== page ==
Tag: iron modifier

30 Apr

Rosemary Simple and Iron

Amelia Hoskins / Plant Dye / / 0 Comments

Rosemary Dyed Silk (Ahimsa)

Mustard yellow, fairly strong after overnight soaking in dye bath.

Dye bath was boiled up with rosemary leaves and flowers, and few twigs.   Simmered for an hour, then left overnight before using.

Rosemary water after boiling up and leaving overnight.

Rosemary Dye Bath with Iron

After dying Ahimsa silk yellow, iron was added to dyebath. About a tablespoon of ferrous sulphate powder and tablespoon of iron water (from rusty nails).  Wool previously pale yellow from first dye bath, turned dark blue green; then dried greyed olive tone.

For comparison

Left to Right:

Raspberry cane (soy wax resist white),

Rosemary simple, Rosemary + iron, (rosemary simple on silk is deeper mustard yellow).

Apple twigs (lemon bleached designs)


WOOL SCARF TULIPS (Rosemary and iron dyed above)

PAINTED with natural dyes and BLEACHED with LEMON JUICE

Fine wool scarf painted on and bleached.  Tulips bleached with lemon juice.  Dark leaves have soya milk painted on the shape area first; when dried, dark woad dye (from jar of original mix) is added.  Leaves without soya milk base (brown) show bleeding over wool.  Soya lines within tulip petals (second end) before painting dye over.

Experiment, unsteamed as yet.  Piece will be finished and left for weeks before steaming.  Wool is very open weave, fine, so colouring is experimental.  If the soya base under design shapes produces a good fixed colour, with a clear defining outline, after steaming, it will be very useful for painting designs on other wool lengths already dyed with natural dyes.


22 May

Eucalyptus bark dyed silk

Amelia Hoskins / Dyes, Plant Dye / / 0 Comments

The bark falls off the trees ready for easy collection.  I collected this bark from 2 trees; Eucalyptus Vminalis, Manna Gum, and Eucalyptus Archeri, Alpine Cider Gum (Tasmania), from Hillier Arboretum, Hampshire, UK.  Bark unfurls, dried, off the trees' trunks.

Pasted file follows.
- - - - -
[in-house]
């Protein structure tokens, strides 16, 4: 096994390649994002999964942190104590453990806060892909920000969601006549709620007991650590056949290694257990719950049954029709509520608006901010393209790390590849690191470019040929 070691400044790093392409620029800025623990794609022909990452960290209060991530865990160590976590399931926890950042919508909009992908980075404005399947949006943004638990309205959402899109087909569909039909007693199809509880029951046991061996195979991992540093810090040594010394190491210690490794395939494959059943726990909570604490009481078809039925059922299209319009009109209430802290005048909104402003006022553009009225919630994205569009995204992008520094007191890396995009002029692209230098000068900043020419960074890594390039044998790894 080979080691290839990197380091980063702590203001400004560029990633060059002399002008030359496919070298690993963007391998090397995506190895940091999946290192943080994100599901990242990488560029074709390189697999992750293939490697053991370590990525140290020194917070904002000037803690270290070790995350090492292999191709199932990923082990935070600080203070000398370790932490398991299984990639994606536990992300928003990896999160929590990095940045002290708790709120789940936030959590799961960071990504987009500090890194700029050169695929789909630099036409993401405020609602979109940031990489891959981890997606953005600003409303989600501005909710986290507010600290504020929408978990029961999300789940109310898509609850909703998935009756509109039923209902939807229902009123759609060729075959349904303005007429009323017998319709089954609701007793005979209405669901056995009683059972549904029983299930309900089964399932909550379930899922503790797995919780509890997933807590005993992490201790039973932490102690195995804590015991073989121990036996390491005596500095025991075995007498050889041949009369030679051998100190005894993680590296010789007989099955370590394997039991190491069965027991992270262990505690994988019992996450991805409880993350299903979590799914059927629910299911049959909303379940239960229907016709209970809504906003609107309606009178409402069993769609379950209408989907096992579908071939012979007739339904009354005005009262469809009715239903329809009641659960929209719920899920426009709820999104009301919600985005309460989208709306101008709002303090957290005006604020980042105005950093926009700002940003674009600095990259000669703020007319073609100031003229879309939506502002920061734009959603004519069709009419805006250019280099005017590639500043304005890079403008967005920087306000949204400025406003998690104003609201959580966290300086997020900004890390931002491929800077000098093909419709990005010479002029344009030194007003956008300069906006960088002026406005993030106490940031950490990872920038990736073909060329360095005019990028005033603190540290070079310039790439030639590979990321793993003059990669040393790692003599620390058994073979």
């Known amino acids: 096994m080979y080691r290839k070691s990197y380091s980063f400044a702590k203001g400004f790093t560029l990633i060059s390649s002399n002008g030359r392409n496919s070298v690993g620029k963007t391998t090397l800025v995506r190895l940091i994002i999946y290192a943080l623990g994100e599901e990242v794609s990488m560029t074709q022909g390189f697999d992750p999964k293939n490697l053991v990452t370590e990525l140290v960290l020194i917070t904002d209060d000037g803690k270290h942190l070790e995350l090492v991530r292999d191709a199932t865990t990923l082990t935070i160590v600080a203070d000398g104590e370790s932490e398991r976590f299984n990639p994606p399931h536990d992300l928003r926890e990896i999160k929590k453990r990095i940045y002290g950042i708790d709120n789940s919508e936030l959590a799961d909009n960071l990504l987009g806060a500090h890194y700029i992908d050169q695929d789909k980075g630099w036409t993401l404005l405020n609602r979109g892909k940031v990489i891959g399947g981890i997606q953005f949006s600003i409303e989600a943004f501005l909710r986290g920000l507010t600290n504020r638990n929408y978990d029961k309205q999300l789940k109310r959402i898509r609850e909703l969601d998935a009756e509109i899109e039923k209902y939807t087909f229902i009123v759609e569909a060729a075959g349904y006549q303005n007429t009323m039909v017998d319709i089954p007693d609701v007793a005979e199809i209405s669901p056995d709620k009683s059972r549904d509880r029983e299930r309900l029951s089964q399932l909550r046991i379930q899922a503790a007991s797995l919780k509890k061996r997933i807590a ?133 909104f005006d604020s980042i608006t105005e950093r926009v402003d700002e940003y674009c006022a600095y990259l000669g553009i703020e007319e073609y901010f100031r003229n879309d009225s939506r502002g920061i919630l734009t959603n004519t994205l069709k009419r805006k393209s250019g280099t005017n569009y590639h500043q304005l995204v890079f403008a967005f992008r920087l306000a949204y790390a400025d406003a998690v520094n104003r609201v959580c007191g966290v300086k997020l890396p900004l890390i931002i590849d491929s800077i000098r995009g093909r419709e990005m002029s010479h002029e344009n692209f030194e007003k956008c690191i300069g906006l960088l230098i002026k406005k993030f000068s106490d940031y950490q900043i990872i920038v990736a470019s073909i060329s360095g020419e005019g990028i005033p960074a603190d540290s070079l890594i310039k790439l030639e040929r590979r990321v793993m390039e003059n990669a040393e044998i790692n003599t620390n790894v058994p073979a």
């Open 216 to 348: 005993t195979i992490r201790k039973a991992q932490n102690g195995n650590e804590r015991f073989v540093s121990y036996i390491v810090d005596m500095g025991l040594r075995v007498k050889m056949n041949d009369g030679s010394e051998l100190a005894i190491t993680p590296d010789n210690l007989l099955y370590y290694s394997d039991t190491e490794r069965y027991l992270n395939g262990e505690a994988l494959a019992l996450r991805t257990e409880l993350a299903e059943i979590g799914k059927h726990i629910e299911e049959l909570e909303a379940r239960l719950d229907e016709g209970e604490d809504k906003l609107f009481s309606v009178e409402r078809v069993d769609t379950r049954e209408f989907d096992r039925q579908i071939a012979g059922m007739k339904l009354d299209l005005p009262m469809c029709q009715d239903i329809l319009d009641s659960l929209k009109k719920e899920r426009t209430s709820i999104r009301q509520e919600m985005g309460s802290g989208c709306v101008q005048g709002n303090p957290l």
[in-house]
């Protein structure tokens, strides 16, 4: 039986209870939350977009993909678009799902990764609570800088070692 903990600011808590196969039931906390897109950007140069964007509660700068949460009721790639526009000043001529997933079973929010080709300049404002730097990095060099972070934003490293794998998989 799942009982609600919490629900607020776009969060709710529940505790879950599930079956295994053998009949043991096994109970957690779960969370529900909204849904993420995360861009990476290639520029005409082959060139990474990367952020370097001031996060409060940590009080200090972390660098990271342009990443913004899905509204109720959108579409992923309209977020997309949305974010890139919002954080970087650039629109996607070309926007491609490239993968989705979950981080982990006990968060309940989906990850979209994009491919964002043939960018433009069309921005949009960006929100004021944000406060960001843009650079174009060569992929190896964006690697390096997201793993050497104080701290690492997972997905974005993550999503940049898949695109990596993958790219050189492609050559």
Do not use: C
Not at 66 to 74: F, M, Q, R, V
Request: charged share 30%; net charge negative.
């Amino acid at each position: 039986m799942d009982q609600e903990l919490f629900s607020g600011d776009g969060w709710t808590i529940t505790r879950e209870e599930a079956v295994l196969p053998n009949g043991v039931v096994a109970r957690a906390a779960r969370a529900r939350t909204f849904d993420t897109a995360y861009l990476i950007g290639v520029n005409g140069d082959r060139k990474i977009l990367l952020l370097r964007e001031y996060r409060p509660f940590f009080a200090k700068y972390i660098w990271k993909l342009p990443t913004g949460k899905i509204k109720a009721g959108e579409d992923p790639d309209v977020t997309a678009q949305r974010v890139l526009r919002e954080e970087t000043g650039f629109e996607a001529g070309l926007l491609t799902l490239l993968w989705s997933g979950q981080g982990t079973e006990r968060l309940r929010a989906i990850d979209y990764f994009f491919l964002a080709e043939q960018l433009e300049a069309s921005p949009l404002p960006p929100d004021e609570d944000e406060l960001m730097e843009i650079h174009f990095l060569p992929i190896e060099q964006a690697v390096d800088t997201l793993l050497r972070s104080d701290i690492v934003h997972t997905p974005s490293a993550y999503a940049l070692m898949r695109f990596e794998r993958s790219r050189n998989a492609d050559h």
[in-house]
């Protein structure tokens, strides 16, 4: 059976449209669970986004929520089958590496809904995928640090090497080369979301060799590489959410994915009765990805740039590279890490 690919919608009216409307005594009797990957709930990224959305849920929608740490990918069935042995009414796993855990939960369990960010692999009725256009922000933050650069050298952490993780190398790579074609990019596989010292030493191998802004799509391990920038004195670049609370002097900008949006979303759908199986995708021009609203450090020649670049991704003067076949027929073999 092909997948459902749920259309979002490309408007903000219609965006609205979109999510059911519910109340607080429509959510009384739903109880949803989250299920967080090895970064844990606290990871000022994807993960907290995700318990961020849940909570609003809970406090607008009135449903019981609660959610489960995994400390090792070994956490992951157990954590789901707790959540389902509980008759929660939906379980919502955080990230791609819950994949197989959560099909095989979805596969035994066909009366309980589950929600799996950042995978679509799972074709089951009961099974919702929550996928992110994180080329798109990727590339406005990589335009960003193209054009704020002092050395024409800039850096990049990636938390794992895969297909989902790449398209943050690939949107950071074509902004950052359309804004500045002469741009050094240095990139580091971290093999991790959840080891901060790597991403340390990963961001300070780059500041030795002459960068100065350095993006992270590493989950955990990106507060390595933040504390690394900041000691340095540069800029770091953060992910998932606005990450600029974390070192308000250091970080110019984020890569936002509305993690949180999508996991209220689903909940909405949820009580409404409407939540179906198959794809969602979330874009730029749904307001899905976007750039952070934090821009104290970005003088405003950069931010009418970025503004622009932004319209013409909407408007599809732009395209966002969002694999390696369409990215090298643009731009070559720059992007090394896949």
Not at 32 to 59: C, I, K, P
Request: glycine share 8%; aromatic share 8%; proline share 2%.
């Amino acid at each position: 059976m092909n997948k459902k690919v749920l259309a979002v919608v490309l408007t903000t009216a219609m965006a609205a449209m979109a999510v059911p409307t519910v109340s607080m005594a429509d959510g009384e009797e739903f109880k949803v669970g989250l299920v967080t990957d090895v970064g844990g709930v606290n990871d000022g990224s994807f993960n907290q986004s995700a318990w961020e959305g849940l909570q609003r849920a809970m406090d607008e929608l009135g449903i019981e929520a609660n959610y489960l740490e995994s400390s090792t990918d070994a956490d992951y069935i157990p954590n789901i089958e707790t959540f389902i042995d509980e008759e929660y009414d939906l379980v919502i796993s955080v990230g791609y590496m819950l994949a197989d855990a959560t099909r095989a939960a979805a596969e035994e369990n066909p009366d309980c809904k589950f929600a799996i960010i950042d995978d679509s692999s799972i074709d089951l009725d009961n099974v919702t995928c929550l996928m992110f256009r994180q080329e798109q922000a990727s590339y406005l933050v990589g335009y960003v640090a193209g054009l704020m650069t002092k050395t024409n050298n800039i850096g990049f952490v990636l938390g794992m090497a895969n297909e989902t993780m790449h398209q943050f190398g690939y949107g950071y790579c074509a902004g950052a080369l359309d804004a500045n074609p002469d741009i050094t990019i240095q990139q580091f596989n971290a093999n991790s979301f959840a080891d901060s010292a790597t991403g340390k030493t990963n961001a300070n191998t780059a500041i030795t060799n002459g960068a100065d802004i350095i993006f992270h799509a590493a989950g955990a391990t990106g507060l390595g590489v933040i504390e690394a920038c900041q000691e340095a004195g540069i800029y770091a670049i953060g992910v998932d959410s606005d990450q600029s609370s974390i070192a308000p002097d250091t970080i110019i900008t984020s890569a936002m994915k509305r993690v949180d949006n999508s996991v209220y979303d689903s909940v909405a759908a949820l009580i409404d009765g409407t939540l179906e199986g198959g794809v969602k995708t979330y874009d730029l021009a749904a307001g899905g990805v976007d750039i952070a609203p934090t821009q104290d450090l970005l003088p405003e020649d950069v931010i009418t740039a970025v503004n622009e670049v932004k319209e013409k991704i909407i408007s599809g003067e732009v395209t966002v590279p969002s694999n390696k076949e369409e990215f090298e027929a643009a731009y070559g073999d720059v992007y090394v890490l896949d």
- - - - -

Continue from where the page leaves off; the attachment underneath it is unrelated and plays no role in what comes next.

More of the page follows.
Dye Bath Preparation

Break up bark and leave to soak for a day or overnight.  I added 3 leaves to ensure a colour result (as dye instruction books use leaves for strong result).  I heated to boil, then simmered for 1hr to 1hr 30mins.  Remove bark and put silk in pot.  (I pre-mordanted the silk by soaking in water with alum in a bowl overnight; although not necessary with Eucalyptus).  It wasn't necessary to reboil and simmer the silk in the pan as it took up the dye well immediately, and quickly grew darker.  (This quick take up would be good for fine woollen cloth dying, where boiling can damage fabric).

After about an hour of soaking, frequently moving around, I heated it for about 10 mins and again left it to cool soaking.Silk absorbs bark dye very well, and quickly. I left it in cold dye bath for 1 hr  then simmered the pot for 10 mins.Lace fabric on fist placing in dye bath (content unknown; likely cotton/polyester mix.)It rapidly takes up the dye, although it was not pre-mordanted, like the silk was.

Final colour is a rich gold: silk looks very bright in sunlight; a deeper old gold tone indoors. Could be deeper if soaked longer

Seed designs steamed into dyed silk.  Darker left silk was soaked in rusty nails to make more brownish.

Practice piece painting over eucalyptus dyed silk.  Discharge (bleaching paste) did not work through eucalyptus dye - interesting!  Seed heads to be repainted darker, for contrast.  Outlines (blue lines) are drawn with acid dye mixed with gutta resist paste, using applicator bottle with nozzle.   Background texture in maroon was created with collograph printing:  Seeds flattened and glued to cardboard, then used as a print stamp underneath silk, pressed from upper surface.  (Details to be added)

Adding iron

All dyebaths can give a darker secondary colour by addition of rusty nail water. (iron). I usually find a mixed fibre lace or cotton lace to soak up this remaining dye.

A jar of large nails can be topped up with water to give a regular supply of rust colour.

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How the dyed silk was used in two garments: As contrasting colour for collar, patches, and applique together with blue-white theme

Eucalyptus dyed silk with coordinating fabrics to make up

Lace dyed with same dyebath. Mixed fibres produces lighter gold.

Eucalyptus dyed lace and silk used in applique of Nigella Sativa seed pod.

  • Kimono dress 'TASMANIAN BLUES' - Eucalyptus dyed silk used for collar and appliques and in lower patches. Upper left seed pod applique is darker lace dyed with iron addition.
  • Loose frock top 'NIGELLA BLUES' with silk and lace applique top left shoulder.  See them HERE

Available in UK: Contact amelia-jane-hoskins@protonmail.com for details, as is not yet in online shop

Images copyright Amelia Jane Hoskins Please email for use permission.